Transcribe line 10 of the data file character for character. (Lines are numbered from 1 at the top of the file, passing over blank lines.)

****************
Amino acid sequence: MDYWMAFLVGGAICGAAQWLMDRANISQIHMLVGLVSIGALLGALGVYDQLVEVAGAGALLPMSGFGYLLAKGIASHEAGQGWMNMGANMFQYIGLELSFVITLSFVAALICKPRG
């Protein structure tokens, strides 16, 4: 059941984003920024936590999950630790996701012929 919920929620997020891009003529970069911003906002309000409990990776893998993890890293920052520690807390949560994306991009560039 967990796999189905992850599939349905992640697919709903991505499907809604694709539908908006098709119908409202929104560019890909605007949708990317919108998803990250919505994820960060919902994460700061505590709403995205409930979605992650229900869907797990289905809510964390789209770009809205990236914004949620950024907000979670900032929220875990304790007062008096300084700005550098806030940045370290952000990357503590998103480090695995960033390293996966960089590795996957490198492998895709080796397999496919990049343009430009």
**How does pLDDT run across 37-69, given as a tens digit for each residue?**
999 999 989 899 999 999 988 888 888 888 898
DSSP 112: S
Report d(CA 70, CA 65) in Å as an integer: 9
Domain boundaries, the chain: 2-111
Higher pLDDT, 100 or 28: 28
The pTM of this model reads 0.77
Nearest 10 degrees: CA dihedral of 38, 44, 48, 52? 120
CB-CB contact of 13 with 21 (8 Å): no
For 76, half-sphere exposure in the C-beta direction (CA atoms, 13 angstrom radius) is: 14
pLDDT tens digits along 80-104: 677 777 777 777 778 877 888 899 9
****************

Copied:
Nearest 10 degrees: CA dihedral of 38, 44, 48, 52? 120